Monday, July 4, 2016

US Now in Severe Monetary Policy Crisis

While all eyes are on the beach [Brexit], the great white shark from the movie Jaws has entered the pond [US NGDP].  I think that Brexit is not at all, from an American portfolio managers who has American assets, a serious issue.  Contagion after 5 years of imposing stress tests on the US banking and financial industry and with Basel III implemented - while there may be globalization of investing, crisis going forward will be regional but for those which pose a threat to US national security.
Every week we publish a detailed report on the US Treasury curve (using 20s less 5s given the data availability as Fisher took a divot with shutting down the 30 years for a while) and derive the future growth in the US economy from that data.  Right now it depicts an extraordinary situation.
While I think the over-all conclusion from this report is that the US Treasurys curve and rates are the results of one of the more entrenched long running policy error in Federal Reserve history, we have to respect the bizarre several sigma results it shows.
This Fed Reserve error is the continued low near ZLB rate despite the economy showing normal growth.  And this is compounded by the large Fed balance sheet from QE II and III.  The large amount of excess reserves shows that while the first $1 trillion of QE, concluded by 2010, was used in the system as excess reserves did not build, the second two tranches of QE II and III almost produced dollar for dollar change in the excess reserves.  That resulted in about 2 ¾ trillion of the Fed’s QE having  no effect in changing the output gap or dropping unemployment.  Yet the Fed’s $4 trillion total balance sheet, most of increase being QE, has  had impact on sector segmentation pricing and has induced “binding” which has the collateral value of the notes and bonds in QE being ever more important in pricing.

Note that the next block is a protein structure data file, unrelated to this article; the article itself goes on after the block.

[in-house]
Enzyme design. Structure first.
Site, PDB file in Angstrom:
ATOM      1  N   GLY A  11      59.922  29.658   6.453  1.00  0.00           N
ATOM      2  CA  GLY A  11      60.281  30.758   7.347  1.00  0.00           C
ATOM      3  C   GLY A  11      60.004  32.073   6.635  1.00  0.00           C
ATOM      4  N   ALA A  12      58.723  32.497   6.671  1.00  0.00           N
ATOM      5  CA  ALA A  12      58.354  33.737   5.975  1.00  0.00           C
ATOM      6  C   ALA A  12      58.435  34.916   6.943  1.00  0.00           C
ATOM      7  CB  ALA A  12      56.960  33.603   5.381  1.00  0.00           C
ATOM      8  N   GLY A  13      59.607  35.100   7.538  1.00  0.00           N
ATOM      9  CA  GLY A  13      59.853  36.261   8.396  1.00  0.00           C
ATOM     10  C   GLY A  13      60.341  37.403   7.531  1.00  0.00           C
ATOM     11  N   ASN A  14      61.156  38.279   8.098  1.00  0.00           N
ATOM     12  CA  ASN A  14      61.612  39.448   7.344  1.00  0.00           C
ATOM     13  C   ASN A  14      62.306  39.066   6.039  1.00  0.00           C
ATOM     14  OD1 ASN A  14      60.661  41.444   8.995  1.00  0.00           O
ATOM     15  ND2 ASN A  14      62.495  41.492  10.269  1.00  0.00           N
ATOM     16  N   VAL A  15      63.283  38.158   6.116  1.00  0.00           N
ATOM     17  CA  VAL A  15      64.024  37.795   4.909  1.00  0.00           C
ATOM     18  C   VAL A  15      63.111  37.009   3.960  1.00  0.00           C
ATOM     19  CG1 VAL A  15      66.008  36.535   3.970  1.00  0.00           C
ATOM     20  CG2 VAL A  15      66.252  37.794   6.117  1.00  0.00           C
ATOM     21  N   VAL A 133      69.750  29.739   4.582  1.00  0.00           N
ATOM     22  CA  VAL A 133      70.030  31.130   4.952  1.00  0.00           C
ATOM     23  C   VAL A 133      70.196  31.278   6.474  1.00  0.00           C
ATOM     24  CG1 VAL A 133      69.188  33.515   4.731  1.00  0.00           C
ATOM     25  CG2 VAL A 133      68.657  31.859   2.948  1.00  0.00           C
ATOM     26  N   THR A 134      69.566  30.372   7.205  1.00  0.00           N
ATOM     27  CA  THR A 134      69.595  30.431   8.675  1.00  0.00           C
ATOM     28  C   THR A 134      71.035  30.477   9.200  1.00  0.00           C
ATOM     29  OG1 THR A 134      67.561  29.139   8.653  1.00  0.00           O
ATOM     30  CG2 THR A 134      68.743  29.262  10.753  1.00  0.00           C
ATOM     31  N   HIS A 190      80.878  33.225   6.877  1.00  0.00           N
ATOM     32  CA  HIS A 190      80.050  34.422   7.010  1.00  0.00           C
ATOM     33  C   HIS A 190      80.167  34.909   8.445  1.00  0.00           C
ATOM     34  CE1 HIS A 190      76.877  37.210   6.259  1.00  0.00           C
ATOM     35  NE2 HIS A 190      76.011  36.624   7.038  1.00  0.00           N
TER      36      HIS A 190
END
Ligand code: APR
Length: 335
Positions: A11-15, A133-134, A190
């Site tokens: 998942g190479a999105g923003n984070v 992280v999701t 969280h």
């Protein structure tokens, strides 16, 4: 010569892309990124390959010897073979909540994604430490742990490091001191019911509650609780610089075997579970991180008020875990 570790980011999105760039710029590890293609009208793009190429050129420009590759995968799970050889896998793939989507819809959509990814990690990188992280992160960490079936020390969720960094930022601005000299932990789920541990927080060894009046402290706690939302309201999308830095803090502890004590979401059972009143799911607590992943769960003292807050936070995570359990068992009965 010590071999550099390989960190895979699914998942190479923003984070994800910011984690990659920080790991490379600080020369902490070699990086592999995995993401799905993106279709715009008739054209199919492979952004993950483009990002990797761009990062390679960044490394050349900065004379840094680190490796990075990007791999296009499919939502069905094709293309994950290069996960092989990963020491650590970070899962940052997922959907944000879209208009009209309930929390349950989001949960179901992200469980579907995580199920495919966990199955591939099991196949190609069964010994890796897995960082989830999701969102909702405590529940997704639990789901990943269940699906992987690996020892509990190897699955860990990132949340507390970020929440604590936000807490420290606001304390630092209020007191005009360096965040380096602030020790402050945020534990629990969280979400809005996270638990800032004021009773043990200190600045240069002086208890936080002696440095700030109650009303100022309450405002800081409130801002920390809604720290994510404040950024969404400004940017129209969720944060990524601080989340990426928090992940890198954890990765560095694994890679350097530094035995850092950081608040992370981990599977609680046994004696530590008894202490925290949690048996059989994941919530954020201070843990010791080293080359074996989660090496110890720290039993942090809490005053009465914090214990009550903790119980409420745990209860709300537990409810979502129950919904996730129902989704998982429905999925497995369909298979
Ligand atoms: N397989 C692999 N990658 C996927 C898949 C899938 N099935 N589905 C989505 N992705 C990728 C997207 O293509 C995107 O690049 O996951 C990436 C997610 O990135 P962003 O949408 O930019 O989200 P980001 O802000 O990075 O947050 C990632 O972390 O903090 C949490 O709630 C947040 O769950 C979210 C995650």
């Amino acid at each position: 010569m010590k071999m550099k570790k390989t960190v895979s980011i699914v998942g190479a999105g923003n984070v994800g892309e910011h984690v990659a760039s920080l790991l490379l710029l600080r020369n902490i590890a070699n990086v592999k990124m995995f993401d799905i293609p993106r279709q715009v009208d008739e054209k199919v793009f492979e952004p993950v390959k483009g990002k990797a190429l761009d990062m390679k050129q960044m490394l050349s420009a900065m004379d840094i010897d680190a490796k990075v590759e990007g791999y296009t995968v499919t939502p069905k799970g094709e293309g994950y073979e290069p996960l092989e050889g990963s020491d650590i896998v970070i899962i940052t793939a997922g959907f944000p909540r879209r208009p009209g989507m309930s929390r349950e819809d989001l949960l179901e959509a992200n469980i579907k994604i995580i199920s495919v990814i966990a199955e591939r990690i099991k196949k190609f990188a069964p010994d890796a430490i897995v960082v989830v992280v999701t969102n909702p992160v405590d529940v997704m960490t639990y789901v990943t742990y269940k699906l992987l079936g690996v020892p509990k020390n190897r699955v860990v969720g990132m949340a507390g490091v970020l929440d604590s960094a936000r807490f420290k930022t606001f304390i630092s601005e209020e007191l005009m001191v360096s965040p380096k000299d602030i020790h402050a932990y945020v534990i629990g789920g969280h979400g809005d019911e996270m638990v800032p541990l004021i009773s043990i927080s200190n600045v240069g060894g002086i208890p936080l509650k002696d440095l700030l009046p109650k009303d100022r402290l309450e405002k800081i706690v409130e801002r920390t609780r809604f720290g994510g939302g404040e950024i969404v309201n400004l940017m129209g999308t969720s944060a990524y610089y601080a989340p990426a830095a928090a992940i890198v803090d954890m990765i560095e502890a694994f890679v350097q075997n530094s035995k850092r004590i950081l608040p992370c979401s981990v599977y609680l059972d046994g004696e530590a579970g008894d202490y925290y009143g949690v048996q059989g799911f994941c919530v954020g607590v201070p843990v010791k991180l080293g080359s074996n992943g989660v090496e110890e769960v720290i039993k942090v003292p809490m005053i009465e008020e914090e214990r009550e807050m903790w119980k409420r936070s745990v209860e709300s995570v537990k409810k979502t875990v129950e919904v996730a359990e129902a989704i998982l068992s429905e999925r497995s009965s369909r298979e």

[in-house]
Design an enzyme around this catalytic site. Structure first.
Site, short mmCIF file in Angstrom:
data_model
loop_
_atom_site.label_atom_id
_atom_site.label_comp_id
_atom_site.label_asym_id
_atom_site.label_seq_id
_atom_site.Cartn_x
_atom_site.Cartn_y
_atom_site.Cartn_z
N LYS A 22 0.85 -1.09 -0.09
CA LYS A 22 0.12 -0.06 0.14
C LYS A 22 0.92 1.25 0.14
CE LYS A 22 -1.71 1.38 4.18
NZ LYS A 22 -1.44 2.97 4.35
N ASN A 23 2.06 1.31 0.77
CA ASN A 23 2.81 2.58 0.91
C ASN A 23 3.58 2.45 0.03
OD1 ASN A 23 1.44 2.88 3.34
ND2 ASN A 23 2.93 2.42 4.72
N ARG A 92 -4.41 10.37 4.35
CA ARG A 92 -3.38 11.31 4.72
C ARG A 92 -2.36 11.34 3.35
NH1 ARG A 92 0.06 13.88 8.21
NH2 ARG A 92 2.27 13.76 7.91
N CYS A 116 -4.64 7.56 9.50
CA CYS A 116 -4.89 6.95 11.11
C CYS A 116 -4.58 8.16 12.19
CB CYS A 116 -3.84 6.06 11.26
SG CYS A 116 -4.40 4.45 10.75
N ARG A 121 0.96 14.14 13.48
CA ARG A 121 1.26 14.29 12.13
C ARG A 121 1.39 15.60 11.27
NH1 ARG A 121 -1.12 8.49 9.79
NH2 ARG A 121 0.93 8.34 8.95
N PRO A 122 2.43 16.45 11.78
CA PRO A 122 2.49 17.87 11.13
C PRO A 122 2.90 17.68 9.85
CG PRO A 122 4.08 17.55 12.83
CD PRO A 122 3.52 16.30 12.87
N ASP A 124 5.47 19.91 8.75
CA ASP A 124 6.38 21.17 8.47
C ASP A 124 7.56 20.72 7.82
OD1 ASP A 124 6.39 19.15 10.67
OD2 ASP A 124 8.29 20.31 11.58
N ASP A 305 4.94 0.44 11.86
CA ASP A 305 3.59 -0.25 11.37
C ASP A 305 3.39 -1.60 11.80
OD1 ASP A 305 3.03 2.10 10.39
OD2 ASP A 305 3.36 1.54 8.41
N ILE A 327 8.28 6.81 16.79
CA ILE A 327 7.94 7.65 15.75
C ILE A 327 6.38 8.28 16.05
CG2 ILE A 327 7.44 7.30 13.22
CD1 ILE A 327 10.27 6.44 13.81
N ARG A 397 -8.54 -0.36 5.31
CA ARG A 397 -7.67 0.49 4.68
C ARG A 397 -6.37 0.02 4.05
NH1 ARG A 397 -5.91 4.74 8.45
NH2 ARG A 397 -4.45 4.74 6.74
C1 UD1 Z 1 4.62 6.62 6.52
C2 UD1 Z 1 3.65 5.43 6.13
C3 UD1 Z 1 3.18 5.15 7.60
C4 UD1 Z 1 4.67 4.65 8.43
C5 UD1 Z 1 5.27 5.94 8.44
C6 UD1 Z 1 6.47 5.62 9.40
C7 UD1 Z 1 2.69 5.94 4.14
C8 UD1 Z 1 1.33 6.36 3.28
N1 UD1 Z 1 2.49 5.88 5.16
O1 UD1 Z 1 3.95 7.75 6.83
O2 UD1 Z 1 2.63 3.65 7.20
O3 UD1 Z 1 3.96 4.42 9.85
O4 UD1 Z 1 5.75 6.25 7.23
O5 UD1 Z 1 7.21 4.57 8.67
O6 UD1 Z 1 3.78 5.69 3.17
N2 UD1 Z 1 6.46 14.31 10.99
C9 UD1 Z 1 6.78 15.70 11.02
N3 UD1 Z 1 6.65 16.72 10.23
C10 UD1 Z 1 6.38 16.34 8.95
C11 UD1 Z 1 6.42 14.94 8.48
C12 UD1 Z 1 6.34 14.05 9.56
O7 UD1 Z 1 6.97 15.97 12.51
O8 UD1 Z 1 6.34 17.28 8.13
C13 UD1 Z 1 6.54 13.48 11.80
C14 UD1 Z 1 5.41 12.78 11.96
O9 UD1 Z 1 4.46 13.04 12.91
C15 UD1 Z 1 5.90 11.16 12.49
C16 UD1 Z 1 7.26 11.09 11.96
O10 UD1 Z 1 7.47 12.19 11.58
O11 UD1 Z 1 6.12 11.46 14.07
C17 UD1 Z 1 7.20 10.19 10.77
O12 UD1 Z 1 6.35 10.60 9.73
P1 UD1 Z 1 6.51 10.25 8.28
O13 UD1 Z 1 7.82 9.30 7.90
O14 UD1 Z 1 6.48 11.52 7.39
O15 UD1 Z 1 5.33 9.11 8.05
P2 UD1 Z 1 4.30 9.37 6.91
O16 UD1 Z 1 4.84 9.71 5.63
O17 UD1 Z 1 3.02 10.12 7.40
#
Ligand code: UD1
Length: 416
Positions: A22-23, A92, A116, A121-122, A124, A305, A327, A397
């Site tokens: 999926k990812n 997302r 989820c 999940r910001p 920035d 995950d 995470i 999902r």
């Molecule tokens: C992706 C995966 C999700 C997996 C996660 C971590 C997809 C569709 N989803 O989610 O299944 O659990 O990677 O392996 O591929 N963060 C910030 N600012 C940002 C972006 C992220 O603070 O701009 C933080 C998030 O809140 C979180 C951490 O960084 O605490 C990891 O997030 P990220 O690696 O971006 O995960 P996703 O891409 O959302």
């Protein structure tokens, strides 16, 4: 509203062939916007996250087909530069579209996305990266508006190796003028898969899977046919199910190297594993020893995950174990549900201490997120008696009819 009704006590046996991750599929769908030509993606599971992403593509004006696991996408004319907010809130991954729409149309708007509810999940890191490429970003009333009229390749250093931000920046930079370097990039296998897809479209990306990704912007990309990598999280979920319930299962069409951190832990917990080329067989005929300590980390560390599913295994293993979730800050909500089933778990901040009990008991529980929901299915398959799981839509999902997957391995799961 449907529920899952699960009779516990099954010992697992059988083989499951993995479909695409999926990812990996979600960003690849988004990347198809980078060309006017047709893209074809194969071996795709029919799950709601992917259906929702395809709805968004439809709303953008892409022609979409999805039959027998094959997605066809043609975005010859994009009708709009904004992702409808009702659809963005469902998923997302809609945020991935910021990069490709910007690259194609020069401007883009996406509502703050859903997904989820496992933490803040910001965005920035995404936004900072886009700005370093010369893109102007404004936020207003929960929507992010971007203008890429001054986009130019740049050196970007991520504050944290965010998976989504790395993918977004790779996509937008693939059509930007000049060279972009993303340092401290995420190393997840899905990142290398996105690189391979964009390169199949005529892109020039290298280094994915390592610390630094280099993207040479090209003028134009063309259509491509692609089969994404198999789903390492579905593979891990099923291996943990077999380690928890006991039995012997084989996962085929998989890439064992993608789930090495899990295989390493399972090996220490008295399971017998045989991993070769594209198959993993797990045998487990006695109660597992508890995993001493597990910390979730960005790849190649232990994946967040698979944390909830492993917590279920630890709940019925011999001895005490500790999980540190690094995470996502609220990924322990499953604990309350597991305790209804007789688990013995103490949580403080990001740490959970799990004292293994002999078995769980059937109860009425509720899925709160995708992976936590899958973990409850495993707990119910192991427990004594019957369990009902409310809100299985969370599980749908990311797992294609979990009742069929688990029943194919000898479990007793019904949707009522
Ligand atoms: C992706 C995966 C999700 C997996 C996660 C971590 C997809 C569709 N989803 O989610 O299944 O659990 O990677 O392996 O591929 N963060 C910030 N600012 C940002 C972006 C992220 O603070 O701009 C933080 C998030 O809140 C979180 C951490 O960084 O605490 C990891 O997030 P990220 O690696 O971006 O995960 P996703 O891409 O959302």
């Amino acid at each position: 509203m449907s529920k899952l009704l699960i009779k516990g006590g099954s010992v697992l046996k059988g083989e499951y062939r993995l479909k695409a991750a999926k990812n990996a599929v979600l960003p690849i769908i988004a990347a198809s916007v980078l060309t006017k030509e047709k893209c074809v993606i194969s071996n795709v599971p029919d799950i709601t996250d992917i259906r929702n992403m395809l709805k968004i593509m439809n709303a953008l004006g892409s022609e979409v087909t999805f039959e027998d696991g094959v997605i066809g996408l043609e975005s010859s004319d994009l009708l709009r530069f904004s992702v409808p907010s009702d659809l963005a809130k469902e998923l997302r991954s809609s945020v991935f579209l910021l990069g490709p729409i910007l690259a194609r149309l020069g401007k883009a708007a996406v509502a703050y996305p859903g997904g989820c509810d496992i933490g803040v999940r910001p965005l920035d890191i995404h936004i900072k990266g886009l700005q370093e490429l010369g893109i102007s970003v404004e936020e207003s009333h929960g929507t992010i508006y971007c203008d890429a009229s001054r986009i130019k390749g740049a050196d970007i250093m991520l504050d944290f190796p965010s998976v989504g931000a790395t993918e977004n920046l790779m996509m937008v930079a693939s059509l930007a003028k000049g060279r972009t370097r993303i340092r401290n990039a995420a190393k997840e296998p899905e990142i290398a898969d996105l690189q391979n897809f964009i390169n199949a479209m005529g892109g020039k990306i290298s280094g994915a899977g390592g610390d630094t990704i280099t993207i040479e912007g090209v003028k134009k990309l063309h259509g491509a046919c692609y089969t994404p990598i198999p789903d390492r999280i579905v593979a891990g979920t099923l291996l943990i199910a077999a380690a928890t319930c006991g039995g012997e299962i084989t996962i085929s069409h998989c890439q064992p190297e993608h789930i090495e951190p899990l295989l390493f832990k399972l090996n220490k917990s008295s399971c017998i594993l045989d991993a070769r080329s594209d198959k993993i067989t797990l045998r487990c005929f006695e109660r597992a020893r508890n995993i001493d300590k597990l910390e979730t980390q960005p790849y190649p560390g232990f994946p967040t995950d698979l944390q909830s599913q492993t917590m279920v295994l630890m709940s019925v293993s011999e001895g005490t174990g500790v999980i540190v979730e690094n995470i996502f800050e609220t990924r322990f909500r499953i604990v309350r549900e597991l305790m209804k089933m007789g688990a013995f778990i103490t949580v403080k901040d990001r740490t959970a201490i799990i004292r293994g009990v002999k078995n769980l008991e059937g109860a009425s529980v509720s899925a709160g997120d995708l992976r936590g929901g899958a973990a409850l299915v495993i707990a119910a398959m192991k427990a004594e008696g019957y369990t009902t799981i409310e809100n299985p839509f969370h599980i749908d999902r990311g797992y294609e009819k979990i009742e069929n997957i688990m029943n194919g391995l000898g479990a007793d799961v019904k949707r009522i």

But if the Fed is not in the midst of error then risky asset prices are very high now and the SP500 should trade at around 1400 area if the expected NGDP in the curve and forwards are forecasting the longest stretch of sub-par growth in the US in the nation’s history is our future.
Put simply, a 2 ¼% long bond is incompatible with a 2100 SP500 and it is pricing in periods of deflation.
Given the how fantastically grim these expected curves and NGDP are, I assume that it is monetary error ( I hope?) which given the clout and size of the Fed has been able to “paint the tape” to this date and could for a longer time.  But given the size of the US economy it will sooner or later "roll over" the Fed, if the Fed does not correct.  The error is sticky as now careers are attached in this very black view of the US, and if th US econ does roll over these monetary Malthusians, heads will roll.  The first one to go would be Yellen.  But I do not think the Fed is as strong as the BOJ was relative to the Japanese economy, where almost the same monetary policy resulted in 20 years of sub par growth to date.
For our portfolio this means we keep very close watch on the financials and we do not use the TLT or other long duration US Treasurys.  This exposes us as the change to low negative correlation by US Treasurys during a business cycle downturn is a keystone for our portfolio.   We are not alone - now the MetLifes and Bridgewater alike are finding it very difficult to use long duration US Treasurys which in the past were the keystone to either reaching excess return or provide an offset for business set backs.  That is quite an issue for all nation's insurance, pensions, household savings, and banks.
This is a very severe monetary crisis - and hopefully just "monetary" and not a secular stagnation state that strikes  to the core of the US economy.

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